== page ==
A few words about James Duval Phelan.  He typified the successful Californian of his era.   He was the son of a 49’er who also founded the First National Bank of San Francisco.  He was a progressive, who served as the reform Mayor of San Francisco from 1898 – 1902, he was a U.S. Senator, a patron of the Arts, and he was very active in the reconstruction of San Francisco after the earthquake and fire of 1906.  

He was also instrumental in various anti-immigration movements of the early twentieth century, especially anti-Japanese movements.  He argued for the Chinese Exclusion Act, made “permanent” in 1902, to be extended to the Japanese.  He favored the 1913 Alien Land Act, barring land ownership from those “ineligible for citizenship,” and the Immigration Act of 1924, barring immigration to those “ineligible for citizenship” – words which referenced the Japanese.  In all this, James Duval Phelan was in the mainstream in California.  

At the Blossom Festival of 1920, as he was running for re-election, James Duval Phelan made a virulently anti-Asian speech.  At the very center of the event that celebrated the essence of pastoral life were heard phrases such as these:

We must protect our soil with a jealous hand against the silent invasion which is going on within our very gates.  I speak of the alien occupation, insidious and stealthy – low wages which make competition well nigh useless, and an uncanny thrift which permits of such low wages … Shall we not meet the stress of the period and preserve the race?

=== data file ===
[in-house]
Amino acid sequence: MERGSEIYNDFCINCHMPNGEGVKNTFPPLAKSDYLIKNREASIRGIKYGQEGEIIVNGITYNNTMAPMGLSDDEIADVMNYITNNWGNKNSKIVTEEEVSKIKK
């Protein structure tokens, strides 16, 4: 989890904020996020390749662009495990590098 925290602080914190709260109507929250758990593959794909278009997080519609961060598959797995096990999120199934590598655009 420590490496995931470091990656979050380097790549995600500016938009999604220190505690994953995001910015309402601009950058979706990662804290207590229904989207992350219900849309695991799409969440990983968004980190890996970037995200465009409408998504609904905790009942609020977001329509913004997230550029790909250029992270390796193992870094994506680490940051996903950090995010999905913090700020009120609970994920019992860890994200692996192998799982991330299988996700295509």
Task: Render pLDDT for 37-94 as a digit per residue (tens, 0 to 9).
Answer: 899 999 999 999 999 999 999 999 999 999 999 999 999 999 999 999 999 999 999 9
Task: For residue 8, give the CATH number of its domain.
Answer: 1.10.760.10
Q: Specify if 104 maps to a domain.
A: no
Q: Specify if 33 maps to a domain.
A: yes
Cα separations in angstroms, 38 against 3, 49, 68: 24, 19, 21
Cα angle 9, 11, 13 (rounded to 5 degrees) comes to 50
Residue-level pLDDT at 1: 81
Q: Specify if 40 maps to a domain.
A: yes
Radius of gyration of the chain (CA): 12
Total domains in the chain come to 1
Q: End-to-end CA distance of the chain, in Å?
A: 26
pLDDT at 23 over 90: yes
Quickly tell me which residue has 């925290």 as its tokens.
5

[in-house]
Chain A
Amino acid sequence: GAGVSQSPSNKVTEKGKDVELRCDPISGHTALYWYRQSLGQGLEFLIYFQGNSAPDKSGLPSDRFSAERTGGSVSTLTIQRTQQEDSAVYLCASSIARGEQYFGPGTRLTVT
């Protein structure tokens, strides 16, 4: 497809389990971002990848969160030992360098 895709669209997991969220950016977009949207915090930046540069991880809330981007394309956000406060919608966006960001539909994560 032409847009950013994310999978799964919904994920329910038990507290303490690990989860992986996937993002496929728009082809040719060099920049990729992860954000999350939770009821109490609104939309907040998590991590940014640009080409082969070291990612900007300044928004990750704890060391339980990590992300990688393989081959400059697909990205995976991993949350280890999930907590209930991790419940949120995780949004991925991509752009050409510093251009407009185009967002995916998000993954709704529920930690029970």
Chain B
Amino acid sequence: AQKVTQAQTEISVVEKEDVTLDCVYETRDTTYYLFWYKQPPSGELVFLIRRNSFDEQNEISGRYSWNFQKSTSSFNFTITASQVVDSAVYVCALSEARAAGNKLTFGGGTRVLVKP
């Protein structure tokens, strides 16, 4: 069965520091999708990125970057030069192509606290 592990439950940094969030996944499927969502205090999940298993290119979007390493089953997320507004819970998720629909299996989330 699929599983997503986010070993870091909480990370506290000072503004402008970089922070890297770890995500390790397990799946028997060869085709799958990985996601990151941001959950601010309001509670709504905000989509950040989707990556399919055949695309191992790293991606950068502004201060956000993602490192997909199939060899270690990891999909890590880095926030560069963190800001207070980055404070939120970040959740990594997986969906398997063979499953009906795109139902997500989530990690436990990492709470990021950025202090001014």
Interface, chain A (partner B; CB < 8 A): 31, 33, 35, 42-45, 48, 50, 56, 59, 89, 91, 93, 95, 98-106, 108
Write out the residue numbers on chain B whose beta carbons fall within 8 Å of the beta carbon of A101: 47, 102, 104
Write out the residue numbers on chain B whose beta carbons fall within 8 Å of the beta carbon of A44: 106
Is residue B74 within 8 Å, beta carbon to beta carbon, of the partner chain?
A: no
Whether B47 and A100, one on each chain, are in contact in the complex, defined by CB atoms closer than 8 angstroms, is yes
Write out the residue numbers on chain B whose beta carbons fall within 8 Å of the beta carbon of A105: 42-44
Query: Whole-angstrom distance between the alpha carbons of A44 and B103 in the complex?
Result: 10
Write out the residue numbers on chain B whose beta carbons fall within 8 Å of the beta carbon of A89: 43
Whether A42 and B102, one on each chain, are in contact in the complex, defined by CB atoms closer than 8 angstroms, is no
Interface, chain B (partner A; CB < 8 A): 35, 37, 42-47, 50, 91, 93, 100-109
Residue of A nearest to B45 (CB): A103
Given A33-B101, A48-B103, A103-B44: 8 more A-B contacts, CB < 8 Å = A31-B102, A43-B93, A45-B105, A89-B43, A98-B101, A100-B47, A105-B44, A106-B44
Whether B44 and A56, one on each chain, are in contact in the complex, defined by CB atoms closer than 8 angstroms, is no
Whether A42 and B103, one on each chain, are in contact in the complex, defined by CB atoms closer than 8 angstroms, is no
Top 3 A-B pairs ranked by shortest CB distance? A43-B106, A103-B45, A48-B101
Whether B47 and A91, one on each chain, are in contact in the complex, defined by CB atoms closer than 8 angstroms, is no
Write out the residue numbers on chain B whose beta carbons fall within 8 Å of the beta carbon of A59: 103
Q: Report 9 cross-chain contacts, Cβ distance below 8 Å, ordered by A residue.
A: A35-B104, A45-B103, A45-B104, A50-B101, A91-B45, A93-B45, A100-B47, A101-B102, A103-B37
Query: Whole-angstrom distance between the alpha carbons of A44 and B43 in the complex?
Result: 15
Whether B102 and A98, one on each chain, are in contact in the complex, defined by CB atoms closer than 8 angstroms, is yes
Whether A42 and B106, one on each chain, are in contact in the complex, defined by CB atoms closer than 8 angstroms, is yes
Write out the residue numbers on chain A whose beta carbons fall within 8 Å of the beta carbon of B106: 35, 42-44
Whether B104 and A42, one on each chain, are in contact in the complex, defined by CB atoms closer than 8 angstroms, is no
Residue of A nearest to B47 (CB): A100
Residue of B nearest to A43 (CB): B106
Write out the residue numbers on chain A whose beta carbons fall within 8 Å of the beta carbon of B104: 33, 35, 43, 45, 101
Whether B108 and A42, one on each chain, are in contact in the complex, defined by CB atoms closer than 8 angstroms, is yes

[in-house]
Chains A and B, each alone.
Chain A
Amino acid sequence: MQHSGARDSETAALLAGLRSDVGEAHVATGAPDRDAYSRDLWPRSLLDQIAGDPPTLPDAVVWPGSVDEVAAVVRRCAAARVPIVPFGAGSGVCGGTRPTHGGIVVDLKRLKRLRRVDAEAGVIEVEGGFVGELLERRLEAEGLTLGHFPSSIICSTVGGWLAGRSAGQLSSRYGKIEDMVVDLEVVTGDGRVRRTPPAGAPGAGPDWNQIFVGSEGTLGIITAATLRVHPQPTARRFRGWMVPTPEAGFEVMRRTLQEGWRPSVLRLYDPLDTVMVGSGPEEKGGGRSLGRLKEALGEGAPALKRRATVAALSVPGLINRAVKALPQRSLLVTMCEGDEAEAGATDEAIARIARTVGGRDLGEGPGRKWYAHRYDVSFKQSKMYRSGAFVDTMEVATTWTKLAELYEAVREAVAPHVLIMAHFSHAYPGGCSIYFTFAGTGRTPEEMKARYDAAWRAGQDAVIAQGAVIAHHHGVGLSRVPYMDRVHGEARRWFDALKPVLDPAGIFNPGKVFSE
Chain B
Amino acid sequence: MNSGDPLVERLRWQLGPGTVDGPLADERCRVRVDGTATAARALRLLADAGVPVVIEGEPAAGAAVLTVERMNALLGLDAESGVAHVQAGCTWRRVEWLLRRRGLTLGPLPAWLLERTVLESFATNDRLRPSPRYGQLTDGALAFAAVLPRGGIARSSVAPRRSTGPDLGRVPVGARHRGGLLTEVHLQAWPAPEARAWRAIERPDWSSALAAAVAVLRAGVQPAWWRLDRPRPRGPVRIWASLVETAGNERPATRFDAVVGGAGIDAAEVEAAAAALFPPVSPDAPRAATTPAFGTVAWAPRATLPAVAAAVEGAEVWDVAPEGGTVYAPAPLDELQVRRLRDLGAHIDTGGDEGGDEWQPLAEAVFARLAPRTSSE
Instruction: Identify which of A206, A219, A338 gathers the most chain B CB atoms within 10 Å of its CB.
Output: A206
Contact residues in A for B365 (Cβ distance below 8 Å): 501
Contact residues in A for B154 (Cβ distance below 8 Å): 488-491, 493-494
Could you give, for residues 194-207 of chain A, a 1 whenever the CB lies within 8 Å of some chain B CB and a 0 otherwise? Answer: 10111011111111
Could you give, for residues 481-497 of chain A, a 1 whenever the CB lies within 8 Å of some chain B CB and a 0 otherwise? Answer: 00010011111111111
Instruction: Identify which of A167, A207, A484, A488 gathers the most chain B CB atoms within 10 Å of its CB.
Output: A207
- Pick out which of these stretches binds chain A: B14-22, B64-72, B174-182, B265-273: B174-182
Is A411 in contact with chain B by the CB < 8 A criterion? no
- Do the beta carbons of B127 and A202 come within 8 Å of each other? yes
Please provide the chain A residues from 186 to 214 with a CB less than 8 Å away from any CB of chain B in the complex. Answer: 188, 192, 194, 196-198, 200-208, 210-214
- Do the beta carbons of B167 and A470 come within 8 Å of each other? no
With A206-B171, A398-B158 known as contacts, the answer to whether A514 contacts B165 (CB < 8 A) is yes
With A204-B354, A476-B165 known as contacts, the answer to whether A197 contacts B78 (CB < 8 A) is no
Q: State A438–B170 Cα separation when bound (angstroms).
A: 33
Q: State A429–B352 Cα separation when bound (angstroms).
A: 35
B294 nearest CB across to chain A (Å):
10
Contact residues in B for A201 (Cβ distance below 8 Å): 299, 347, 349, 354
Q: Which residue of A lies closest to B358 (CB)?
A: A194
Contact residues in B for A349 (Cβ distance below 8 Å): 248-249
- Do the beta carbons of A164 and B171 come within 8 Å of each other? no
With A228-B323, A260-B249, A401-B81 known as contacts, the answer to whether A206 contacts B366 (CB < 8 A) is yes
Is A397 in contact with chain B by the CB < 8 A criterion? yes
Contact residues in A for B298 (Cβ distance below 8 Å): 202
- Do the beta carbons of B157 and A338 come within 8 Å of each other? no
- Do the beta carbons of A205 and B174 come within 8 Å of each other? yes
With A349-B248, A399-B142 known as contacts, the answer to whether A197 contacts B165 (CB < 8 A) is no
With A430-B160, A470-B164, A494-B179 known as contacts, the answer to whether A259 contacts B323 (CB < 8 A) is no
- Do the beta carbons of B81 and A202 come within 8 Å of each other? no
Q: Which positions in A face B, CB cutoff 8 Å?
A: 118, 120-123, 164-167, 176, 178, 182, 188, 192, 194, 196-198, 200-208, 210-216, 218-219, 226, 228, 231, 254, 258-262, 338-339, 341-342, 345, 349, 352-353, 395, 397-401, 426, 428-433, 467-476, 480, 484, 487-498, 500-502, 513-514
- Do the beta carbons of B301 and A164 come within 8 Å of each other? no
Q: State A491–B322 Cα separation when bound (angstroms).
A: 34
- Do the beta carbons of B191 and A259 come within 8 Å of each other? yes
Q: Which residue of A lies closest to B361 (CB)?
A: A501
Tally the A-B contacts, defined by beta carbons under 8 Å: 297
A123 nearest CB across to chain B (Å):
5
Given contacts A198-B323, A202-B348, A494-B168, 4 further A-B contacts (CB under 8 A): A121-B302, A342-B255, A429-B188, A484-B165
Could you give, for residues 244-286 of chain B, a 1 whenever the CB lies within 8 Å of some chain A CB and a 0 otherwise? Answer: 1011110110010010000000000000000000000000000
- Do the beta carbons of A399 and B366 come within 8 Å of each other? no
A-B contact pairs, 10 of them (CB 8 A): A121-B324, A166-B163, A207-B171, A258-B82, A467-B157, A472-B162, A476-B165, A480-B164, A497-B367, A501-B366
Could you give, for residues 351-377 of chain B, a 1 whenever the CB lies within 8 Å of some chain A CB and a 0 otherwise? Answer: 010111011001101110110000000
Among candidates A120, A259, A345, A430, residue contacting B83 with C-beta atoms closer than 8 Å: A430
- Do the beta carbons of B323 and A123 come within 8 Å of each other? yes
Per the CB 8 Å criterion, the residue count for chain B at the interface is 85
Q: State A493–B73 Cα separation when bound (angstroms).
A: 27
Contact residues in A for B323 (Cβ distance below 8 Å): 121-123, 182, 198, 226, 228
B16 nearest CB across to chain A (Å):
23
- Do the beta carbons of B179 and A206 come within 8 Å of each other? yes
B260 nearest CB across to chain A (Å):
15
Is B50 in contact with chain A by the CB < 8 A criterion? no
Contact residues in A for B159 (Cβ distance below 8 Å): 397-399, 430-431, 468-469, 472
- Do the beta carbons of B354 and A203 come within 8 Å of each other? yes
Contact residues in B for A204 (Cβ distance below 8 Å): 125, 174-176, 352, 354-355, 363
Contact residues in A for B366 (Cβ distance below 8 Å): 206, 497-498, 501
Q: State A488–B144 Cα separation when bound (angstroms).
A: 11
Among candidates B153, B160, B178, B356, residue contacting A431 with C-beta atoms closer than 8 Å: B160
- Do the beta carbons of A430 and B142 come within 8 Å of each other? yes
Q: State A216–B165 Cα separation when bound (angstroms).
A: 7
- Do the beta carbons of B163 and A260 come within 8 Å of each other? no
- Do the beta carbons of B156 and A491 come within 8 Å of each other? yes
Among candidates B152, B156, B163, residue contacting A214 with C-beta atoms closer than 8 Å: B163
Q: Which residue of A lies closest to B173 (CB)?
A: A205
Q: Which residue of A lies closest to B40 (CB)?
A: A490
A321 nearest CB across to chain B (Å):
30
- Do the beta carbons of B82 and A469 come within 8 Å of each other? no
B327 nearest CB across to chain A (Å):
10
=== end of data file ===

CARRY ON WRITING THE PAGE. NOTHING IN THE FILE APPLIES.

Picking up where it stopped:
The headline read:  “Insidious Invasion” one of the things the nation must guard against now that the war is over – Valley brilliantly in bloom for annual fete.

A nostalgic book about the Santa Clara Valley would have been of a Paradise Lost, a pastoral space complete and whole and wholly meaningful.  What I hope I wrote finally is a book about a valley that is riven by competing desires and contending communities, that contains within it the seeds of its own change while also being part of the larger history of the state and the nation.  

My original impulse in writing the book was to find the connection between the world of my grandparents and the very different suburban world in which I grew up.  I hope readers will also be able to imagine themselves in this place more deeply, and perhaps feel connected in a way that they did not before.

The Blossom Festival is an old American story made new.  Coates knows the soil of Santa Clara Valley, he knows its history, and his tale shines a haunting light on the world we inhabit now.

—James D. Houston


Lawrence Coates' The Blossom Festival is a poignant, between-World-Wars mapping of a more Edenic Santa Clara Valley in northern California when the mechanistic intrusions in the garden still whistled and honked of promise and progress, sang of youth and love and spring, harvest of family and festival.


—Robert F. Gish

The judges were especially struck by The Blossom Festival's almost Hardyesque sense of fateful change, embodied in a seemingly permanent way of life that is in fact perishing ... the author has undertaken a large subject and handled it with the most unassuming skill and power.

—Judges’ Citation for the Western States Book Award


An “extraordinary first novel.”


—Contra Costa Times